How Apple could fix HomePod’s white ring problem

One of the least welcome aspects of the HomePod smart speaker is its propensity for leaving unsightly white rings on your tables, due to an interaction between the silicone used in the device and the wood. According to one industrial designer, however, the problem could be solved by Apple without too much cost — although […]

(via Cult of Mac – Tech and culture through an Apple lens)

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Design Experts Claim the HomePod’s White Ring Issue Can Be Rectified Easily

Much has been said about the HomePod’s white ring issue on certain wooden surfaces. But some industrial design experts believe that the issue shouldn’t be hard to solve. Continue reading
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Industrial Design Experts Say HomePod’s White Ring Issue ‘Shouldn’t Be Too Hard to Fix’ for Apple

Last week, Apple confirmed that the HomePod can potentially leave white rings on the surface of wooden furniture with oil or wax finishes. In an effort to help users prevent seeing these rings appear on their own furniture, Apple shared a support document on “Where to place HomePod,” detailing how the interaction between the HomePod’s vibration-dampening silicone base and a wooden surface has the chance to result in a white ring.

Business Insider recently spoke with a few industrial design experts who believe that the problem “shouldn’t be too hard to fix” for Apple.” Gregor Berkowitz, a product development consultant for numerous consumer electronics brands, expects Apple to “re-tool” its HomePod manufacturing process to address the issue with the silicone base, which could take between two to six weeks. Although the fix could take several weeks, the experts said it’s “likely not very costly” for Apple.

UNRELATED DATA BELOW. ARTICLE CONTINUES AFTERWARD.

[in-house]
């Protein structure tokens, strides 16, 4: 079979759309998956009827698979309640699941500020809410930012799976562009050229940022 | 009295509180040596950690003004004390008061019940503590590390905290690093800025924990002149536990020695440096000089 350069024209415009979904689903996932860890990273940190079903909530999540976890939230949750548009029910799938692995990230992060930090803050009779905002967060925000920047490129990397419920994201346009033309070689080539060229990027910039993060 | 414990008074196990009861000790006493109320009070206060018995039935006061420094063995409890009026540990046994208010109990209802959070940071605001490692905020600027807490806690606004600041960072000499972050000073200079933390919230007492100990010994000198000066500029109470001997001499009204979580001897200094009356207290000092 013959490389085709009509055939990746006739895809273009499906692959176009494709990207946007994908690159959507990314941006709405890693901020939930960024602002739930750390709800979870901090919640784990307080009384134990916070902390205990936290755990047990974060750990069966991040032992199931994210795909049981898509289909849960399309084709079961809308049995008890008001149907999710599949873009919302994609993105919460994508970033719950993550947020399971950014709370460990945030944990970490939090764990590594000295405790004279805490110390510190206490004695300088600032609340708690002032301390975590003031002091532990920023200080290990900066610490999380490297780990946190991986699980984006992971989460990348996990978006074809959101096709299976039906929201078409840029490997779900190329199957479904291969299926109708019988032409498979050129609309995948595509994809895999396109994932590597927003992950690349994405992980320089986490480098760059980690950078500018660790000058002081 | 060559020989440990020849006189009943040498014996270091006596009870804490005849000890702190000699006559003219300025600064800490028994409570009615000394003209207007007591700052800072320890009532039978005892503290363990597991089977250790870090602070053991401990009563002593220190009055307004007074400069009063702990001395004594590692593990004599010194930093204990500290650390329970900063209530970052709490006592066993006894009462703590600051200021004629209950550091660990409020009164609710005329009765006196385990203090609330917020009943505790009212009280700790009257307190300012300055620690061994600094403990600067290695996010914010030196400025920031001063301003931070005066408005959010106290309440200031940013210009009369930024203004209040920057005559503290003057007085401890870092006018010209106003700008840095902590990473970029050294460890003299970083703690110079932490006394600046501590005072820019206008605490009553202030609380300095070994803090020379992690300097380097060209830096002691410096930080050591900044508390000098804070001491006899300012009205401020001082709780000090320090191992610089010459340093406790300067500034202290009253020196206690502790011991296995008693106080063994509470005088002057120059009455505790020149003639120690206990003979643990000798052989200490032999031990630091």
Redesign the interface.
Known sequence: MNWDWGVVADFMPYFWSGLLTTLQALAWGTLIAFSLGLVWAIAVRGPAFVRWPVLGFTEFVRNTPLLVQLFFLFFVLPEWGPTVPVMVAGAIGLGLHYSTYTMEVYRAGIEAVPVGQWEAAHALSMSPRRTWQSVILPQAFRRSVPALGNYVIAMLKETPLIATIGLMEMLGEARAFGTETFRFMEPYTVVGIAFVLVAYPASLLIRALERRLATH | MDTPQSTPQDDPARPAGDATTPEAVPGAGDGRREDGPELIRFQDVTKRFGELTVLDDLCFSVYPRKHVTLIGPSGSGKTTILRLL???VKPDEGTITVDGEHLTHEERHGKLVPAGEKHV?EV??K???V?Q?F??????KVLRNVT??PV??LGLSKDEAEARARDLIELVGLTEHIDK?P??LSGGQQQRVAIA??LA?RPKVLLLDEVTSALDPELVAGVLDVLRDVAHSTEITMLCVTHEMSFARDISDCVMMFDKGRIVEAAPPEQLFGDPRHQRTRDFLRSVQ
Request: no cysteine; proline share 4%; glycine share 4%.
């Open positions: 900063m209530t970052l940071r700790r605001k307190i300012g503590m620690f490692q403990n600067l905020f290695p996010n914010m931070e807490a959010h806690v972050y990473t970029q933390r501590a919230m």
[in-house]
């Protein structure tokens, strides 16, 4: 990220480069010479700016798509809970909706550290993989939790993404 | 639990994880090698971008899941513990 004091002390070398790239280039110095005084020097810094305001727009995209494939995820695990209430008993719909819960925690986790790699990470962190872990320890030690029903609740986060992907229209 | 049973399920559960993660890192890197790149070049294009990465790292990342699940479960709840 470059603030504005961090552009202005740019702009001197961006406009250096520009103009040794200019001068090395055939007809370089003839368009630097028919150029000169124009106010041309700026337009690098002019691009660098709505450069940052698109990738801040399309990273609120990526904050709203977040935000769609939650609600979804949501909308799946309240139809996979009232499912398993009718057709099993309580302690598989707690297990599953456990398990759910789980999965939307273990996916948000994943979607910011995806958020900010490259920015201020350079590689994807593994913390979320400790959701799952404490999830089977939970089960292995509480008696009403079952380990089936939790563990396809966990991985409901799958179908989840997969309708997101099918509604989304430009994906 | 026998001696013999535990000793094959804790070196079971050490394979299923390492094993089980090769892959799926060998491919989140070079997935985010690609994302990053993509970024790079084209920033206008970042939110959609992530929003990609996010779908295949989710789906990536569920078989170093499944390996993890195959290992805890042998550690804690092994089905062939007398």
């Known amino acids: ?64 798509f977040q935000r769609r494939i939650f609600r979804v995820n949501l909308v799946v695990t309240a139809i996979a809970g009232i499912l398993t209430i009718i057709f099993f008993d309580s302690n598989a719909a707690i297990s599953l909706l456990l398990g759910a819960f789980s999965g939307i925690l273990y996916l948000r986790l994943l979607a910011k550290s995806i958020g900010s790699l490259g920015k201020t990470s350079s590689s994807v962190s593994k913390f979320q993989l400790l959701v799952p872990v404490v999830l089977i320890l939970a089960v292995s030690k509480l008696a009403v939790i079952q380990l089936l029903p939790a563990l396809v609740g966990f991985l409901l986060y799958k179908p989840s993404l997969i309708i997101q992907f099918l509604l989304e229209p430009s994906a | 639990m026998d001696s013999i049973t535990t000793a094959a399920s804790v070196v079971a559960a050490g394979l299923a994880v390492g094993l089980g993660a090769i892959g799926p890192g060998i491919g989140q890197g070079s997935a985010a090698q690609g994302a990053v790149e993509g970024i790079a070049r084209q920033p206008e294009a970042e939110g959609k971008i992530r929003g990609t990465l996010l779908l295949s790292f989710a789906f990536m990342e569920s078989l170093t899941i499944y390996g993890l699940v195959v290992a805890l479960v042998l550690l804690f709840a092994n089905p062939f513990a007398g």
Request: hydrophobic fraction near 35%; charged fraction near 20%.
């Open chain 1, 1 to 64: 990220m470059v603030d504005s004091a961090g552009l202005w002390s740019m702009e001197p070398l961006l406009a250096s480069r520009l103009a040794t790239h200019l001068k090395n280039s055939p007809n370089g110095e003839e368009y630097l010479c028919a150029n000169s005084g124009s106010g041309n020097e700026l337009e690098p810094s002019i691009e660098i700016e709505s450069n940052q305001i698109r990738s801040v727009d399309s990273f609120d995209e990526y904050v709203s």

Image via Wirecutter

Senior industrial designer at Y Studios, Cesar Viramontes, referred to the white rings issue as something customers will “probably forget about” in the next few months.

Apple may need to “re-tool” the manufacturing process since silicone is manufactured using a different process than the other kinds of elastomer,” said Berkowitz. If that’s necessary, the process could take anywhere from two weeks to six weeks, he noted.

“It’s an issue, but I think it’s probably going to be one that’ll be corrected in the next round of manufacturing,” said Y Studios’ Viramontes. “I think it will be a minor issue, and people will probably forget about it in the next couple of months when it goes away.”

While the experts see a quick fix for the issue coming from Apple, all were surprised it happened in the first place. Product design expert Ignazio Moresco explained that more is expected from Apple’s well-known attention to detail, and the company “should have caught the issue if they followed a rigorous QA process.” The white marks aren’t an Apple-specific problem, but have appeared with other speakers — like Sonos One — that have similar silicone bases.

Berkowitz believes the white rings could be a result of Apple’s “inexperience” with making stationary speakers, in contrast to the company’s familiarity with making mobile products like the iPhone and MacBook.